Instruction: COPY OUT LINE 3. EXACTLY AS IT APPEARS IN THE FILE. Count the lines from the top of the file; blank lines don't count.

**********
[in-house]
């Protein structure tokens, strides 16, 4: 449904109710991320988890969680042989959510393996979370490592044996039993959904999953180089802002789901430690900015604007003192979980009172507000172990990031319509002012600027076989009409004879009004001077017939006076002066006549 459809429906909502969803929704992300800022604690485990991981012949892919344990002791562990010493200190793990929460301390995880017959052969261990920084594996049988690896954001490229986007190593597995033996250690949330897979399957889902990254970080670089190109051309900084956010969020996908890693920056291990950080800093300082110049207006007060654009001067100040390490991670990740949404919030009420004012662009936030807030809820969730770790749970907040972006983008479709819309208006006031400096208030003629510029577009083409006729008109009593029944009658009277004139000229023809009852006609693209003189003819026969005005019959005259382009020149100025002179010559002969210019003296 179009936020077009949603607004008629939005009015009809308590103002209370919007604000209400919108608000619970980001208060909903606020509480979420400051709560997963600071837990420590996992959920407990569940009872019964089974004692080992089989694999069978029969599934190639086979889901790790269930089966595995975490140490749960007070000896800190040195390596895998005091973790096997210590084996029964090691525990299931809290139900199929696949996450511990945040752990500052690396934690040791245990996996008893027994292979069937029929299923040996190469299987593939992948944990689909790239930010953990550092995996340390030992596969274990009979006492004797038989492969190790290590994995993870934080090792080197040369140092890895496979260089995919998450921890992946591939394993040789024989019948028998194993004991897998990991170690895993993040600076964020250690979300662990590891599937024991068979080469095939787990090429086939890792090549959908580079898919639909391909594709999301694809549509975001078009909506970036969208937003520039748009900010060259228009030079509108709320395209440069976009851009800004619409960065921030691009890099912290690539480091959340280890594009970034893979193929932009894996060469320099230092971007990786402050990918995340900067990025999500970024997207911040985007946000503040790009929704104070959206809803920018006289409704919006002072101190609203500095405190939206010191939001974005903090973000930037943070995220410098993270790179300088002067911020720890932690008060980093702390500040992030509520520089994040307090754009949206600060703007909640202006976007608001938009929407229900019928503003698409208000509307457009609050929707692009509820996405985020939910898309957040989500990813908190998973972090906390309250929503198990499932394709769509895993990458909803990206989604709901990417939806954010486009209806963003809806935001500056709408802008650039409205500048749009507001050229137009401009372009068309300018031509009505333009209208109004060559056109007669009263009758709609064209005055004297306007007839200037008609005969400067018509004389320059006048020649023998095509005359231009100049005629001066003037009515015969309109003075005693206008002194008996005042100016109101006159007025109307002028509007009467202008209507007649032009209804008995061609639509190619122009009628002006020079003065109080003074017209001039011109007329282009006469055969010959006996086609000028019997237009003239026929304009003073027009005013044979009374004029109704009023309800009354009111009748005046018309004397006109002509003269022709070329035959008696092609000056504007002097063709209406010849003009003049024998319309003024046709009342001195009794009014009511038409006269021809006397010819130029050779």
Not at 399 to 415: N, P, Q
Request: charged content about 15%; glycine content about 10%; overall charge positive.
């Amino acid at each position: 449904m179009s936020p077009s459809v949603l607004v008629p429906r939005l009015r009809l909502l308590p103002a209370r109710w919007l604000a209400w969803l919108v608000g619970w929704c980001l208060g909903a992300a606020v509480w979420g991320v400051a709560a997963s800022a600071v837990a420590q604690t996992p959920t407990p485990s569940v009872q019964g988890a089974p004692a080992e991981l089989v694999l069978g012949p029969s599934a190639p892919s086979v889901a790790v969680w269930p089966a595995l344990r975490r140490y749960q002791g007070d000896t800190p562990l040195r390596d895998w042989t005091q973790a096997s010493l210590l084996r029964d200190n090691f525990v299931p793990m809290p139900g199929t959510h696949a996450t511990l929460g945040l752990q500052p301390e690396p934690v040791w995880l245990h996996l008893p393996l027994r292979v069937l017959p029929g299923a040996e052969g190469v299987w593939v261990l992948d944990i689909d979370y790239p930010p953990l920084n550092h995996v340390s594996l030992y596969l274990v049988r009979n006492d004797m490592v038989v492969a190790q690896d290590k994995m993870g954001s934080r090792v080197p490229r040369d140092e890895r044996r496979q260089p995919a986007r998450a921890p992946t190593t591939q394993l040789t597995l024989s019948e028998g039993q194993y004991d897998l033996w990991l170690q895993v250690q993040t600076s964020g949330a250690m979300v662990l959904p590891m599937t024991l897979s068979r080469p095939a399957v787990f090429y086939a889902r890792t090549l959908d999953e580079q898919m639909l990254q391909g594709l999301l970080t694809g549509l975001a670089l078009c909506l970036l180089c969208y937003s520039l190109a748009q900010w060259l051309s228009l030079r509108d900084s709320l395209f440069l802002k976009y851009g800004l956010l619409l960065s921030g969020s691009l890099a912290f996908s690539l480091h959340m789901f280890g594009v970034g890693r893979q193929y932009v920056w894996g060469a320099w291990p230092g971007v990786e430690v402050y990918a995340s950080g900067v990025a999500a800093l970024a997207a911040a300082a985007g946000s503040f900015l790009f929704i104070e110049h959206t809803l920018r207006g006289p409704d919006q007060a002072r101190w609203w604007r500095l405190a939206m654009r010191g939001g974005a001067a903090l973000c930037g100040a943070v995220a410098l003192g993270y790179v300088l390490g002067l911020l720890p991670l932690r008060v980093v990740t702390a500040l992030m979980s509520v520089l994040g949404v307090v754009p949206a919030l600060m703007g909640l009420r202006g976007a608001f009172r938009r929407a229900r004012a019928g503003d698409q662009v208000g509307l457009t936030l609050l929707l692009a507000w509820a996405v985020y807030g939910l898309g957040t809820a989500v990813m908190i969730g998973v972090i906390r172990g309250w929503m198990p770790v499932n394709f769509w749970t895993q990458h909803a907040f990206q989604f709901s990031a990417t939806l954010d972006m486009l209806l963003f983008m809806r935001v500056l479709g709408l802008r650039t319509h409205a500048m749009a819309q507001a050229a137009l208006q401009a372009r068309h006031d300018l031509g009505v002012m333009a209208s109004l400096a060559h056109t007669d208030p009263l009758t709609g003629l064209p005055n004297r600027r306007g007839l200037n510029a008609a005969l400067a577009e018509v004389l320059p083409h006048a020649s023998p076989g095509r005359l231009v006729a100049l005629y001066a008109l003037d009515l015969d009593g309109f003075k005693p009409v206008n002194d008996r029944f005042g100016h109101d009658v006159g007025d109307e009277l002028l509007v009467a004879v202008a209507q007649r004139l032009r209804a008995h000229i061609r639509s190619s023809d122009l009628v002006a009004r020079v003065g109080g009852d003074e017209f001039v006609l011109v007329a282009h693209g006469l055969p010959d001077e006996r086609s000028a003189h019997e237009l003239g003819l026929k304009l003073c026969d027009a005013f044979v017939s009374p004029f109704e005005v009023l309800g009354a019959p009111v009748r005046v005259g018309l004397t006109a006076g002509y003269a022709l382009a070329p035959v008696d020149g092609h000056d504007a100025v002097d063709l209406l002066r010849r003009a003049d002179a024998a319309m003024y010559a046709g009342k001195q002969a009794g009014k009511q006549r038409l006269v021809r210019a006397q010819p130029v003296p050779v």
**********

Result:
Not at 399 to 415: N, P, Q